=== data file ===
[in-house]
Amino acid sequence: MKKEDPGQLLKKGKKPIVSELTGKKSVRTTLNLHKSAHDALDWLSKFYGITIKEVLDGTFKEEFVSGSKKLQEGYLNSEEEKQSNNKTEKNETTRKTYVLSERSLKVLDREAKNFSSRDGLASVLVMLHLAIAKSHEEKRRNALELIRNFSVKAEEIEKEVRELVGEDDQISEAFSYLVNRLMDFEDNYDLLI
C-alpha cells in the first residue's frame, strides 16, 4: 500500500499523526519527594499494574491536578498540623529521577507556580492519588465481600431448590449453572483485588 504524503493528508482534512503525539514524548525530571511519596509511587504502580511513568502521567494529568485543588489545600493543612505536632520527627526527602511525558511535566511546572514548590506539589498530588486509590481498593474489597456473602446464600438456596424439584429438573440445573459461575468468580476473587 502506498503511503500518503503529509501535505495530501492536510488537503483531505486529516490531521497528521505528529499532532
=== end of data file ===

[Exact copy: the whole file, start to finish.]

[in-house]
Amino acid sequence: MKKEDPGQLLKKGKKPIVSELTGKKSVRTTLNLHKSAHDALDWLSKFYGITIKEVLDGTFKEEFVSGSKKLQEGYLNSEEEKQSNNKTEKNETTRKTYVLSERSLKVLDREAKNFSSRDGLASVLVMLHLAIAKSHEEKRRNALELIRNFSVKAEEIEKEVRELVGEDDQISEAFSYLVNRLMDFEDNYDLLI
C-alpha cells in the first residue's frame, strides 16, 4: 500500500499523526519527594499494574491536578498540623529521577507556580492519588465481600431448590449453572483485588 504524503493528508482534512503525539514524548525530571511519596509511587504502580511513568502521567494529568485543588489545600493543612505536632520527627526527602511525558511535566511546572514548590506539589498530588486509590481498593474489597456473602446464600438456596424439584429438573440445573459461575468468580476473587 502506498503511503500518503503529509501535505495530501492536510488537503483531505486529516490531521497528521505528529499532532